Flying the B-1B Lancer
Dyess AFB, Texas and Ellsworth, South Dakota
Aviation Photography
Aviation Photography
Major Michael ‘Coyote’ Laney a B-1B pilot; "Our normal speed is 540 knots for low level which is around nine miles [15 km] a minute. At 300 feet that is challenging, you can do it for a good length of time, but it is exhausting, especially if the terrain is hills and mountains and there is a small margin of error."
The B-1B Lancer is a highly valued and formidable aircraft that has been worked hard in recent years. Philip Stevens for Aviation News asks B-1 aircrew how they employ the bomber and its weapons systems in combat in the Middle East – a key theatre of its operations for almost two decades.

In April this year the US Air Force’s (USAF) Global Strike Command reported they had overcommitted its fleet of Rockwell (Boeing) B-1B Lancer bombers in Middle East operations over the last decade, causing it to deteriorate more quickly. Normally 40% of any fleet of aircraft are committed, for the B-1B it is estimated to be as high as 70% over the last ten years.

The B-1 Lancer was designed as a long-range strategic heavy bomber for low level ingress in to the Soviet Union. The B-1A prototype flew in late 1974. However, with the development of look-down/shoot-down radar making a low-level penetration aircraft ‘visible’ and easy to attack and with stealth technology underway, President Carter in 1977 cancelled the project. In 1981 President Reagan reversed the decision with an order for 100 B-1Bs featuring an improved electronic warfare suite. Deliveries were completed by 1988.

Major Michael ‘Coyote’ Laney a B-1B pilot with the 28th Bomb Squadron (BS), 7th Bomb Wing (BW) at Dyess AFB, Texas summarised its development; "With computer technology the B-1B became a smart plane, you could use the radar, along with the airspeed and windspeed to configure the release of dumb bombs to really good effect, but not with the accuracy of GPS [global positioning satellites] which we started to use in the late 1990s. In 2005 we received the Sniper pod [Lockheed Martin AN/AAQ-33 Sniper Advanced Targeting Pod], up till then we were entering coordinates in to the GPS. With the Sniper pod we began to hunt to find our own targets." Development will continue, in April the USAF awarded Boeing a ten-year $14.2 billion contract to modify, modernise and test weapons systems on B-1 and B-52 strategic bombers. The contract is aimed to increase lethality, enhance survivability, improve supportability and increase responsiveness of the aircraft.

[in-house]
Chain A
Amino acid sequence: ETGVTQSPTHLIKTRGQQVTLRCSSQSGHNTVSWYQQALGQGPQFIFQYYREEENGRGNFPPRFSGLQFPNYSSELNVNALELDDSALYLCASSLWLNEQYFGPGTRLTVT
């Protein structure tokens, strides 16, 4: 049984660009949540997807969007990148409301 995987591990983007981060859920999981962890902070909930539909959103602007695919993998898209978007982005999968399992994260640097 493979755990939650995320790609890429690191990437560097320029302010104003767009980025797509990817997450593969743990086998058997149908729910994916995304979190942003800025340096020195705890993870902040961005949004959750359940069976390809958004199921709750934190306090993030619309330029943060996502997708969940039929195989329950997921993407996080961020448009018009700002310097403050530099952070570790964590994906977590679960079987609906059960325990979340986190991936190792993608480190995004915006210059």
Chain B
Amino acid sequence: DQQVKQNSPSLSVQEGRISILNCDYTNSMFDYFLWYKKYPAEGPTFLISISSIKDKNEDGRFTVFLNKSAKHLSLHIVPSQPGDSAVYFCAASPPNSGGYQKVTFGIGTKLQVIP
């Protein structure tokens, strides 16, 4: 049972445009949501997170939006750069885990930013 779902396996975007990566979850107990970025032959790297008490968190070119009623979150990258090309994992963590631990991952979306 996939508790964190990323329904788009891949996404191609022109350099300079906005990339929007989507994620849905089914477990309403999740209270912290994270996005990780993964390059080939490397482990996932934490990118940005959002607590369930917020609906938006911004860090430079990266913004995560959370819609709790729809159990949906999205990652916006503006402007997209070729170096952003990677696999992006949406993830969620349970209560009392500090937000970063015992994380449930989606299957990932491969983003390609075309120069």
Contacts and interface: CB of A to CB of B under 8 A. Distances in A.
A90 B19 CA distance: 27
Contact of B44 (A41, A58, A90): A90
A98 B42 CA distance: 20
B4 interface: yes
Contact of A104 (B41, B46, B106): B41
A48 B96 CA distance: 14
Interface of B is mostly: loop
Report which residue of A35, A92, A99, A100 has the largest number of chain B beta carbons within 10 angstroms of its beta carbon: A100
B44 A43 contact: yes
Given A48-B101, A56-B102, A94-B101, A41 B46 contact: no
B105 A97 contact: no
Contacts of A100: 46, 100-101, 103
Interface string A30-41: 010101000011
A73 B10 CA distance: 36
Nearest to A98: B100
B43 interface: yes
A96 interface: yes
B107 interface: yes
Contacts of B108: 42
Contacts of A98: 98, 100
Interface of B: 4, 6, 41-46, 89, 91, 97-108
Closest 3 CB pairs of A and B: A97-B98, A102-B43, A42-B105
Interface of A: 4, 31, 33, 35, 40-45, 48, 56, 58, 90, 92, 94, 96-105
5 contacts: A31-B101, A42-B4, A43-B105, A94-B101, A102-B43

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The B-1B Lancer has an all-digital cockpit, with pre-flight checks complete the pilots are ready to roll.
Hugging the terrain
Flying fast and low in all-weather day and night is what the B-1B was designed to do. Equipped with the Northrop Grumman APQ-164 offensive radar, its capabilities include; high-resolution terrain mapping, terrain avoidance, terrain following, position data, and weather detection. Maj. Laney stated; "Low level penetration is still a valid tactic we practice with our terrain following radar (TFR) which can go down to 200 feet AGL. If we can put a mountain between us and what is looking at us, we are well protected."

Major Adam ‘Stoneman’ Flaherty, a B-1B pilot with 1,800 hours agrees; "Low altitude flying is one of the skill-sets we have and maintain. There are times when we go in at low altitude to get as close to the target without being detected. We will ingress low and at a certain range perform a max-performance climb with full after-burner at 25 degrees nose high, up to say 25,000 feet [7.620m] in less than a minute where we can deploy our weapons."

The TFR is constantly scanning the terrain, building a flight path for the set altitude. Pilots flying at night or in poor weather concentrate on the display. B-1B pilot Lt-Col. Tom Bowman with 28th BW at Ellsworth AFB, South Dakota spoke of his first flight using TFR; "Coming out of pilot training as a brand-new B-1 pilot and flying it with an all-weather terrain following capability was eye-opening. I was soon flying in the weather in the mountains at night and not seeing anything outside the aircraft while maintaining 500 feet [152m] at 540 knots, it’s a phenomenal system and an incredible capability. It is a very reliable system, if it detects a problem it has a failsafe fly-up capability, so if we were in the weather at night and say the radar fails [which it relies on], you will get a tone and it will automatically pull up."

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Ellsworth based B-1B Lancer flying callsign ‘Tiger 41’ at 500 feet (152m) and 540 knots or nine miles (15 km) a minute in the mountains of eastern Wyoming
following a 40-minute low level route south towards Jackson Hole.

With a crew of four, the most important member is in the back